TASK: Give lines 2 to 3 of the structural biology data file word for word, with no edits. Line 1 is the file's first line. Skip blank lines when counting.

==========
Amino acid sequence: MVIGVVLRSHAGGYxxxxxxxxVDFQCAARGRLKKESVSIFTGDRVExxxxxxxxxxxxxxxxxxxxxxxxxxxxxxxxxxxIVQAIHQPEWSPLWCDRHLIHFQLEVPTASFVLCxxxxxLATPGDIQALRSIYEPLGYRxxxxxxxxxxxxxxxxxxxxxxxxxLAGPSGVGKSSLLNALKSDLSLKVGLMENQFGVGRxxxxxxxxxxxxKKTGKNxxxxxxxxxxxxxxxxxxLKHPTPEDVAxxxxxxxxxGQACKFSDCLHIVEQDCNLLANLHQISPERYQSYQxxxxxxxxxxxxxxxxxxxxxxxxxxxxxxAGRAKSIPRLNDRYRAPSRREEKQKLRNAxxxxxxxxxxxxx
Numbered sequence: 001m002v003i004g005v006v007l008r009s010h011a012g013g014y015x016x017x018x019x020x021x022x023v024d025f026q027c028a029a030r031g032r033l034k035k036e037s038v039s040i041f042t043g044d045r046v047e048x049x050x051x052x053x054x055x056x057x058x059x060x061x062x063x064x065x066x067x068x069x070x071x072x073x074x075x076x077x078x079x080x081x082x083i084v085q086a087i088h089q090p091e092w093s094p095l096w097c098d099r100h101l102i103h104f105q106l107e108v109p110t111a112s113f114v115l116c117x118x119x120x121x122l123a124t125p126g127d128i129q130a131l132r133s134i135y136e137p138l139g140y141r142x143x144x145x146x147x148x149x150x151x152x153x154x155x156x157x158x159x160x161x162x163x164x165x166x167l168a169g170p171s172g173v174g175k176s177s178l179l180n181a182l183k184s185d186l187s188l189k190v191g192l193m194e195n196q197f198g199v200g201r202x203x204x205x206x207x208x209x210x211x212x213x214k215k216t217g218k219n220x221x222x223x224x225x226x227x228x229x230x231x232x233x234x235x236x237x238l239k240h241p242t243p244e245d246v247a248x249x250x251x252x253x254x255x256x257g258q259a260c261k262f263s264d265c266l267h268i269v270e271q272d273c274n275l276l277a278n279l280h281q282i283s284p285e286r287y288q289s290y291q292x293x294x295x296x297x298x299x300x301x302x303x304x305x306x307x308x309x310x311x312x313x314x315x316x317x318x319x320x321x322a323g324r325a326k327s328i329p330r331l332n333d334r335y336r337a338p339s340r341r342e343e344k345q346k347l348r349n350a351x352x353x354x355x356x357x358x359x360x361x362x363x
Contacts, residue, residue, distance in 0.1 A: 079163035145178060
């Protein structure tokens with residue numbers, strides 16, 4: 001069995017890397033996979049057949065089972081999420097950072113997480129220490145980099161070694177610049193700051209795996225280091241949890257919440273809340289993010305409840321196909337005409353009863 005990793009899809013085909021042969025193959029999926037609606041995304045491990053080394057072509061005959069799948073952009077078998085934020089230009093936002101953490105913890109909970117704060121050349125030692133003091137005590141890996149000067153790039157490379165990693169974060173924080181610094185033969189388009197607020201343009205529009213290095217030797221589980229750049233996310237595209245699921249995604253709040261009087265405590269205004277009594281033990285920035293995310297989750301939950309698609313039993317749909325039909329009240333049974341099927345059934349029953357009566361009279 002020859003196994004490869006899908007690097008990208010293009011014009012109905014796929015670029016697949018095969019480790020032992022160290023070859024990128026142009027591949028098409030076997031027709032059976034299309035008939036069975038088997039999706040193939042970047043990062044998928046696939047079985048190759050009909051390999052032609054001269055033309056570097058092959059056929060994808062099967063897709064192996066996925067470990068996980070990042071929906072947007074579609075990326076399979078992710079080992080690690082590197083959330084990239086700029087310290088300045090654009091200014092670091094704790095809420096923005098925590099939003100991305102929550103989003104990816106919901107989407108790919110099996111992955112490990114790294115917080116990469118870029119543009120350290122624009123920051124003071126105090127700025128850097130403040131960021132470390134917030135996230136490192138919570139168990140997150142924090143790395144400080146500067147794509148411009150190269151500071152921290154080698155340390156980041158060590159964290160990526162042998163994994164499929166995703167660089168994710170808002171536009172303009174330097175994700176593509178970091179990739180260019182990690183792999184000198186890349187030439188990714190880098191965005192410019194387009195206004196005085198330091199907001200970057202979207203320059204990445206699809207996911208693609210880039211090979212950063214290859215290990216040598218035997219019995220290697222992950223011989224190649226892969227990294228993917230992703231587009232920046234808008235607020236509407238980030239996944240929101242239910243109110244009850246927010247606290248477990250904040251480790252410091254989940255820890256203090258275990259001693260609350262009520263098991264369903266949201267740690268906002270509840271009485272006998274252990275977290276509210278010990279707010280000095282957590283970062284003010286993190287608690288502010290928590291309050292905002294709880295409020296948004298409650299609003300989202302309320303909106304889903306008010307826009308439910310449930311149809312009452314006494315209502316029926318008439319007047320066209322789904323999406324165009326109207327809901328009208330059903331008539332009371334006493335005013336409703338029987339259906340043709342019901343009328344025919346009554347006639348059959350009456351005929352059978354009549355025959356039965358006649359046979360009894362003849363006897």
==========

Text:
Numbered sequence: 001m002v003i004g005v006v007l008r009s010h011a012g013g014y015x016x017x018x019x020x021x022x023v024d025f026q027c028a029a030r031g032r033l034k035k036e037s038v039s040i041f042t043g044d045r046v047e048x049x050x051x052x053x054x055x056x057x058x059x060x061x062x063x064x065x066x067x068x069x070x071x072x073x074x075x076x077x078x079x080x081x082x083i084v085q086a087i088h089q090p091e092w093s094p095l096w097c098d099r100h101l102i103h104f105q106l107e108v109p110t111a112s113f114v115l116c117x118x119x120x121x122l123a124t125p126g127d128i129q130a131l132r133s134i135y136e137p138l139g140y141r142x143x144x145x146x147x148x149x150x151x152x153x154x155x156x157x158x159x160x161x162x163x164x165x166x167l168a169g170p171s172g173v174g175k176s177s178l179l180n181a182l183k184s185d186l187s188l189k190v191g192l193m194e195n196q197f198g199v200g201r202x203x204x205x206x207x208x209x210x211x212x213x214k215k216t217g218k219n220x221x222x223x224x225x226x227x228x229x230x231x232x233x234x235x236x237x238l239k240h241p242t243p244e245d246v247a248x249x250x251x252x253x254x255x256x257g258q259a260c261k262f263s264d265c266l267h268i269v270e271q272d273c274n275l276l277a278n279l280h281q282i283s284p285e286r287y288q289s290y291q292x293x294x295x296x297x298x299x300x301x302x303x304x305x306x307x308x309x310x311x312x313x314x315x316x317x318x319x320x321x322a323g324r325a326k327s328i329p330r331l332n333d334r335y336r337a338p339s340r341r342e343e344k345q346k347l348r349n350a351x352x353x354x355x356x357x358x359x360x361x362x363x
Contacts, residue, residue, distance in 0.1 A: 079163035145178060